Social entrepreneurs Chris and Deana exceeded their goal and raised almost $8,500 on ioby to increase their production capacity and efficiency by outfitting their new production space (a formerly obsolete warehouse) with dry fog humidification, specially calibrated refrigeration, mobile mushroom storage, and water filtration systems. These changes helped make their mushrooms fresher, healthier, and more affordable for customers.

    “The Factory has been a great way for us to find community here,” Deana said. “The degree to which we’ve been been embraced, as business owners and as people, has been exciting and surprising. But Detroit is a very creative and collaborative place. When we started introducing ourselves as mushroom farmers, that’s when the good conversations really started.”

    Learn more about The Mushroom Factory on their website

Crowdfunding for Social Entrepreneurship

  • Crowdfunding allowed me to upgrade my equipment—while building trust with donors

    Small Batch Detroit is a youth-powered food program that offers real-world employment and career opportunities for Detroit Food Academy (DFA) high school students and recent grads. The program grew out of the first of DFA’s student-initiated products: Mitten Bites, a tasty granola-based snack (the name is an homage to Michigan’s mitten-like shape).

    Social entrepreneurship is the name of the game for Jake Schoenknecht, Small Batch’s director. He led the campaign that raised over $3,000 on ioby for the program to buy a commercial grade 60-quart mixer that allowed the student employees to quadruple their Mitten Bite production output using the same amount of kitchen time.

    Jake reported that their crowdfunding experience was great. One reason? It’s easy for donors to see what they’re giving to. “A lot of times with nonprofit fundraising, when organizations just say ‘this is the work we do, please fund us,’ donors can feel unclear about where exactly their money will go. But this is so practical.”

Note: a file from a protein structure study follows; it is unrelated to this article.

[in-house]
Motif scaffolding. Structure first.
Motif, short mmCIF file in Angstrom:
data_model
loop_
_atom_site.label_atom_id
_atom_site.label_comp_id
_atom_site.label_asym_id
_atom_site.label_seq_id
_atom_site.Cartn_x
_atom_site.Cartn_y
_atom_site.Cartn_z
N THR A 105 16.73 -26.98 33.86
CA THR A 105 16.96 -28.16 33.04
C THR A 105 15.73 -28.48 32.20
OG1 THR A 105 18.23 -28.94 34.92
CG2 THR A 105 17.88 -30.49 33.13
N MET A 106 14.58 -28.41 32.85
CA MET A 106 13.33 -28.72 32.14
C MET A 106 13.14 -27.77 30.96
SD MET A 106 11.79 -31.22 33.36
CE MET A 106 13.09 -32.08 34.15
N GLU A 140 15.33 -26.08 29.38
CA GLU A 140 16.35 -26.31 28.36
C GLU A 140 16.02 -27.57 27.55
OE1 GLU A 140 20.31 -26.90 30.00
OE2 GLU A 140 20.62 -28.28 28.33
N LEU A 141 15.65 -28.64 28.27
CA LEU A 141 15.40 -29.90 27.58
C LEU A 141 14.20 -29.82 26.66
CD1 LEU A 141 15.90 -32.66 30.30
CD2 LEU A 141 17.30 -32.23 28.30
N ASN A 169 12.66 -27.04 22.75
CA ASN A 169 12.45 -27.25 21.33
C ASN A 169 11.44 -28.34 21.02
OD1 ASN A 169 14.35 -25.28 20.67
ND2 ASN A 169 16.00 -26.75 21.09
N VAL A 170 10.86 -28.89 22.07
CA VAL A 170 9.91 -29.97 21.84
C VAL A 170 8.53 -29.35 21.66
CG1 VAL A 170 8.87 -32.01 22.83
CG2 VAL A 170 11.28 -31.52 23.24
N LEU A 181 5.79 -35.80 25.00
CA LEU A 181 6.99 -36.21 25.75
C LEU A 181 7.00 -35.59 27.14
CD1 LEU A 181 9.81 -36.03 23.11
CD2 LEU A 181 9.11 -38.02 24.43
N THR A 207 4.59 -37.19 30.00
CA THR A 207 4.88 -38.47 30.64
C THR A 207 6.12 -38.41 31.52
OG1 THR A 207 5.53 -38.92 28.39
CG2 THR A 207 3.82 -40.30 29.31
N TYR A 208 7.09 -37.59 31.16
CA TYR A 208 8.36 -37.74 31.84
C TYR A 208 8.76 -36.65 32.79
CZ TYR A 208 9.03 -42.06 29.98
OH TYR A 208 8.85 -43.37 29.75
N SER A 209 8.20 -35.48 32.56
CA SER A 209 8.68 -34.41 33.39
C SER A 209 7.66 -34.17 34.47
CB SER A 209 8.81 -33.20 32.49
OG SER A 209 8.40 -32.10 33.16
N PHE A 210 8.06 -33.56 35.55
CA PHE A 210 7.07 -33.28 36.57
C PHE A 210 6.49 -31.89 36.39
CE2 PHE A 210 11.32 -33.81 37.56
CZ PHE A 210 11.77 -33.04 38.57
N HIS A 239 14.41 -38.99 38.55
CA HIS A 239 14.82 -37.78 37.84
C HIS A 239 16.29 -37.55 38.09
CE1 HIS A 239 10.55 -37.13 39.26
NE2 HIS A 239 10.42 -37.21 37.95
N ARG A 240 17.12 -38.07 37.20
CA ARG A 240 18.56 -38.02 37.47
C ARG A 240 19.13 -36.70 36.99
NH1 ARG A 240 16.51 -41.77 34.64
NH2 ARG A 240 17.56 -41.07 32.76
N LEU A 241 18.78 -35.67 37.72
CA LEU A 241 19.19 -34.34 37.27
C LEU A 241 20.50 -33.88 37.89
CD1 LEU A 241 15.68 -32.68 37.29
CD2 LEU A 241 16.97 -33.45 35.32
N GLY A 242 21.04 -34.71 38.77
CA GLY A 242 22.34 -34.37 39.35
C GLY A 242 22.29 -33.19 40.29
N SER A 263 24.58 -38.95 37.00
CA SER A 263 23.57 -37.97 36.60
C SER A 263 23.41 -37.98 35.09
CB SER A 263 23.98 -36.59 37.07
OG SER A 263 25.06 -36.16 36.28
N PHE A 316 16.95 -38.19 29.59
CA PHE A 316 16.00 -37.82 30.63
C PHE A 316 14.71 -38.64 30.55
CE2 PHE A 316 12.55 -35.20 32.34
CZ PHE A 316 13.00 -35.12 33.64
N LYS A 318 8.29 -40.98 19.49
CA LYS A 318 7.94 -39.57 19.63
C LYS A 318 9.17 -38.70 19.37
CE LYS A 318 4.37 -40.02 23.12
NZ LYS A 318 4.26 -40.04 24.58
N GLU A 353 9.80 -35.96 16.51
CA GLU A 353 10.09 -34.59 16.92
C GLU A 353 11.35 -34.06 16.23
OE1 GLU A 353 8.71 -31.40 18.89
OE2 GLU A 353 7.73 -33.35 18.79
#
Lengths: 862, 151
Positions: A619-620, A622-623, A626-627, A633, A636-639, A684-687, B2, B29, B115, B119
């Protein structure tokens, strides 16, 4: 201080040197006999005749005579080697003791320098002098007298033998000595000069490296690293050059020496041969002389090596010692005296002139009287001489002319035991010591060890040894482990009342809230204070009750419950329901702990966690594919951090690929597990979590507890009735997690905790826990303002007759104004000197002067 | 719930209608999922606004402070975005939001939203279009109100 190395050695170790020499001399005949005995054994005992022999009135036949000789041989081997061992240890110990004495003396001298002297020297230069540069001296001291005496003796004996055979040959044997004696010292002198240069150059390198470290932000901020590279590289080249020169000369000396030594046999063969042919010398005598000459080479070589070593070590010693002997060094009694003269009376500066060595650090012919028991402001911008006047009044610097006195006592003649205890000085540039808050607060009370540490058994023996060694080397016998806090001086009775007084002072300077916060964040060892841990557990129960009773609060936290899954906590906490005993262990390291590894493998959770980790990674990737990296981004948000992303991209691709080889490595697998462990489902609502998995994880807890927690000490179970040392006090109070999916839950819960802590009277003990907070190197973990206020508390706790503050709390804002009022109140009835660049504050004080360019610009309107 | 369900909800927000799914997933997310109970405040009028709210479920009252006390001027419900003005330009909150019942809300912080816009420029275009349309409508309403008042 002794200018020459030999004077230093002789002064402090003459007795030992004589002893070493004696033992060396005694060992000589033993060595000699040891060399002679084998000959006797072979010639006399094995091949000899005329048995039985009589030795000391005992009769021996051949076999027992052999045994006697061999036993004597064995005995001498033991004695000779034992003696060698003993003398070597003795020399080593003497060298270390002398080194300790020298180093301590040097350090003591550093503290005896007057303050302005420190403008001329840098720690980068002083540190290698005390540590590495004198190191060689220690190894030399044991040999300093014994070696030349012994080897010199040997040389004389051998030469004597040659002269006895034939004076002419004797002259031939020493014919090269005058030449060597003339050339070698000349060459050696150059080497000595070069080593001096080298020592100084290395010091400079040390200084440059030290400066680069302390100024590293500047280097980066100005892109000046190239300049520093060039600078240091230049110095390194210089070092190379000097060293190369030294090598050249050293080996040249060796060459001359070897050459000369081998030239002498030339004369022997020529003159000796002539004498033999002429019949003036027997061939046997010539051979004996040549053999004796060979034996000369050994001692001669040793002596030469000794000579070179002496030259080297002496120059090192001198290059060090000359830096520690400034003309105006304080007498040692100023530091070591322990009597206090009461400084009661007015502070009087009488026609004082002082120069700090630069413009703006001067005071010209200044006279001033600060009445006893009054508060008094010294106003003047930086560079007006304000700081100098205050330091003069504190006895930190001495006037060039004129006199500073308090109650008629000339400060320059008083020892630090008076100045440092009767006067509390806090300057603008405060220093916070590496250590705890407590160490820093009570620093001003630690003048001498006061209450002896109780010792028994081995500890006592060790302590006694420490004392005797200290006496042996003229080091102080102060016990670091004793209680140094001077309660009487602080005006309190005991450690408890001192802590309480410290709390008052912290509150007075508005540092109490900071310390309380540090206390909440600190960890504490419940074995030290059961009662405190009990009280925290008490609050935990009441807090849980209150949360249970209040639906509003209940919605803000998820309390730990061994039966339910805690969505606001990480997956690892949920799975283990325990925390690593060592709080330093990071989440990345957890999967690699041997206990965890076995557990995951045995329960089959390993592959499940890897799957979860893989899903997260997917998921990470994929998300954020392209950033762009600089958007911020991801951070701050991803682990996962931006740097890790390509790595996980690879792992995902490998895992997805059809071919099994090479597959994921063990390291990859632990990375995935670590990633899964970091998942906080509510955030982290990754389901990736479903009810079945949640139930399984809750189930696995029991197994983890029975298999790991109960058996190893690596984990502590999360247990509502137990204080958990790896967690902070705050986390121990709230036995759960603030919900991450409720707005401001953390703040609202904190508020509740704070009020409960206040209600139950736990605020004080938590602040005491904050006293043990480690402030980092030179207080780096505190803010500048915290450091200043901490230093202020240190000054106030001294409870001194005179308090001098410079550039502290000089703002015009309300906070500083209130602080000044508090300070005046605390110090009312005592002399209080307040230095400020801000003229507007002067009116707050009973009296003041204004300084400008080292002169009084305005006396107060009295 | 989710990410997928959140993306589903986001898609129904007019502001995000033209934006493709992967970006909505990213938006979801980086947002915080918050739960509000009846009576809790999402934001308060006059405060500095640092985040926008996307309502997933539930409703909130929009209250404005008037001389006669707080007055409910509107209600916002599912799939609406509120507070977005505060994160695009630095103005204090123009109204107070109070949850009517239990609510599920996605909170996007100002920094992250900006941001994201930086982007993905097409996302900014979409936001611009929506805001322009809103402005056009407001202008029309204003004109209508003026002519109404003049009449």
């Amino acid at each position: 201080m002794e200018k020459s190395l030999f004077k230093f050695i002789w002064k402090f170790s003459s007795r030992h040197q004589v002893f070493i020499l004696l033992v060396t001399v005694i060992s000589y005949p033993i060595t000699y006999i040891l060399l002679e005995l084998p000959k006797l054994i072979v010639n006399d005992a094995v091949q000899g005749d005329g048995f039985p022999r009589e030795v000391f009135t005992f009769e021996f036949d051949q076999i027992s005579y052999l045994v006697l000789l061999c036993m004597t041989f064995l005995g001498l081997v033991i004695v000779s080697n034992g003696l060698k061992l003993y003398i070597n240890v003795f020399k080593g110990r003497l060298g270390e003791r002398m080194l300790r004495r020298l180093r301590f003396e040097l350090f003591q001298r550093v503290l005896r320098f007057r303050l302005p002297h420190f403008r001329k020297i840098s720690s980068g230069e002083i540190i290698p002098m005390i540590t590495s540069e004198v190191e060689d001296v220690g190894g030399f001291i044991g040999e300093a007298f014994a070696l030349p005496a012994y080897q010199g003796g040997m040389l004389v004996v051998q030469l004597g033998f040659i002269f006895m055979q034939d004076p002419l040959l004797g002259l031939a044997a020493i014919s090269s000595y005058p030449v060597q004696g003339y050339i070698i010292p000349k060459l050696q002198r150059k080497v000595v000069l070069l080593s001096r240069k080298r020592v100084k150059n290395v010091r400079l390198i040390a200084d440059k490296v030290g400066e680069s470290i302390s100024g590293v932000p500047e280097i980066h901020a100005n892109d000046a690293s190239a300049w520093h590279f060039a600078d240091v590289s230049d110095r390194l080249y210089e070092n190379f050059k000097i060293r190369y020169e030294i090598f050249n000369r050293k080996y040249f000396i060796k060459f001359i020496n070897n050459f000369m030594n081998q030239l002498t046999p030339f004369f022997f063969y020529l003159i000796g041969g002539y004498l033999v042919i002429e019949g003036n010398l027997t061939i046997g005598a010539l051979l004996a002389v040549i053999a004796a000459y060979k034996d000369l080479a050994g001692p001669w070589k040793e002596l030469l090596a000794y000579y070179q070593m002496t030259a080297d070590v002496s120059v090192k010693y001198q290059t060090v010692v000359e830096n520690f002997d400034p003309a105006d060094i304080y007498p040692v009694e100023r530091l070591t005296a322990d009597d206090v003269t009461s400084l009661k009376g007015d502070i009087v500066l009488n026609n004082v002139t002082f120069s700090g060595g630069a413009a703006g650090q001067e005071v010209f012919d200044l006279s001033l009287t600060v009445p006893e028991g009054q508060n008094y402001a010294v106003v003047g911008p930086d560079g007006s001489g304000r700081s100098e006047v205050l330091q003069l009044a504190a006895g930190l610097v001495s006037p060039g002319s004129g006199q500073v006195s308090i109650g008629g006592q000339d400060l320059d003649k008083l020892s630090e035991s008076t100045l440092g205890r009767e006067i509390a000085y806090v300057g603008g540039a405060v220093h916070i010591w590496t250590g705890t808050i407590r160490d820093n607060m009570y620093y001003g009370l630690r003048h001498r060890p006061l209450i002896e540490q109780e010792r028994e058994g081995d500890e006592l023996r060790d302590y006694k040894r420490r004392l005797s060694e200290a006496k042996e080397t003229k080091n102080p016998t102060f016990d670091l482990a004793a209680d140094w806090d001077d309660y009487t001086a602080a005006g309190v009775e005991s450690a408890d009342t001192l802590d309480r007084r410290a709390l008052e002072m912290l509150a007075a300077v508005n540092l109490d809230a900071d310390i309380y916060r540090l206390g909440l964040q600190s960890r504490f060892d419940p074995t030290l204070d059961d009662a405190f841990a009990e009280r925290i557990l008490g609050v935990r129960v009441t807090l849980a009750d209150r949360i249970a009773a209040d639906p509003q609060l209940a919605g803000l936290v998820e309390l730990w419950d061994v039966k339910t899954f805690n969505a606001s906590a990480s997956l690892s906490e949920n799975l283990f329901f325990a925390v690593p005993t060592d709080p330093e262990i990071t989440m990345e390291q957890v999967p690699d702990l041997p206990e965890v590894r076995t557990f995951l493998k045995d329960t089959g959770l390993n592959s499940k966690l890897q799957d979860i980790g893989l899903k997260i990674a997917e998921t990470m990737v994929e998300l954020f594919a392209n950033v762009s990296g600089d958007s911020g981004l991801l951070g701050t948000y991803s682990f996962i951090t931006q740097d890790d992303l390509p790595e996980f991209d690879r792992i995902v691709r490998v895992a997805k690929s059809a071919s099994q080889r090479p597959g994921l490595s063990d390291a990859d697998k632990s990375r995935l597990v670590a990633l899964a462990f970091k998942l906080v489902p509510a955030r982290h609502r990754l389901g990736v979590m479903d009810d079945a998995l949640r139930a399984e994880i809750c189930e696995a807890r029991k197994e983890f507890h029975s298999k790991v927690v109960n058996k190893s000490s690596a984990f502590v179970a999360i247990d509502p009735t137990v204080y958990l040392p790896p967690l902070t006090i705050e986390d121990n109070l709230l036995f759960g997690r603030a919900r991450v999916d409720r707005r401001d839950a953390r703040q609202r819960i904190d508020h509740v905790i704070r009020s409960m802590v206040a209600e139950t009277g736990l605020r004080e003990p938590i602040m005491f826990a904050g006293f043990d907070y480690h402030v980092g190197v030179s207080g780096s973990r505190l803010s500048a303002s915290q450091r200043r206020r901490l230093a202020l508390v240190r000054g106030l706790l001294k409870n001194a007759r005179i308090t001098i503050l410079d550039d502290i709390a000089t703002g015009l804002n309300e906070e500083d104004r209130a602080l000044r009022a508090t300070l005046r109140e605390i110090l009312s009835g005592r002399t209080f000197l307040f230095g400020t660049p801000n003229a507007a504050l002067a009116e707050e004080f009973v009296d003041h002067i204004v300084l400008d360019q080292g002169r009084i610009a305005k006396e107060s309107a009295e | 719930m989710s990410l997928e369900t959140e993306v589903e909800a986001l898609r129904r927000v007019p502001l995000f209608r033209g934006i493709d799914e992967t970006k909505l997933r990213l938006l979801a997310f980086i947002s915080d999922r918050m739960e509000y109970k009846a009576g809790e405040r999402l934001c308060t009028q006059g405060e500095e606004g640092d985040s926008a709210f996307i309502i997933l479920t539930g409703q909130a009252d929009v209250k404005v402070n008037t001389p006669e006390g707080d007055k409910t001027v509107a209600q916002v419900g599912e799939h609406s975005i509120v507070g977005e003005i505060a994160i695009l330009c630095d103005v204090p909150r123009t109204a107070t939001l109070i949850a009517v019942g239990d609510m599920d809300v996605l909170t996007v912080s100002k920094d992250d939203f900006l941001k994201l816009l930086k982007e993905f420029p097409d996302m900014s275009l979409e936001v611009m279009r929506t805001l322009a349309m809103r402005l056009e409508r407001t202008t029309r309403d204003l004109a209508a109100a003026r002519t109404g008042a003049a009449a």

Learn more about Small Batch Detroit on their website.

  • Advertise my business—while joining in my neighborhood’s revitalization

    Farm to Freezer is a local processor of Michigan fruits and vegetables that are prepped and frozen in small batches by people with barriers to employment: whether they’re people returning from prison, recovering from addiction, or transitioning from being without housing.

    Farm to Freezer’s founder, social entrepreneur Brandon Seng, exceeded his goal and raised over $7,000 on ioby to commission a locally designed and fabricated 20 by 20-foot banner to hang outside and announce the company’s new location (a long-abandoned freezer space within Eastern Market) and celebrate the beauty of Michigan’s many farms.

    “Recently, the building was vandalized as a 15-foot, four letter word (not FOOD) was painted on its side,” Brandon recalled. “We believe that with new life and activity, and artwork, we can change the story for this space, and join the community in the revitalization effort underway in the Eastern Market.”

    Learn more about Farm to Freezer on their website

So what idea to do you have to strengthen your community through a social entrepreneurship project? If you’ve got a great idea that you just don’t quite know how to jumpstart, or even if you’re a veteran entrepreneur who is looking to bring your project to the next level, we can help you crowdfund for what you need!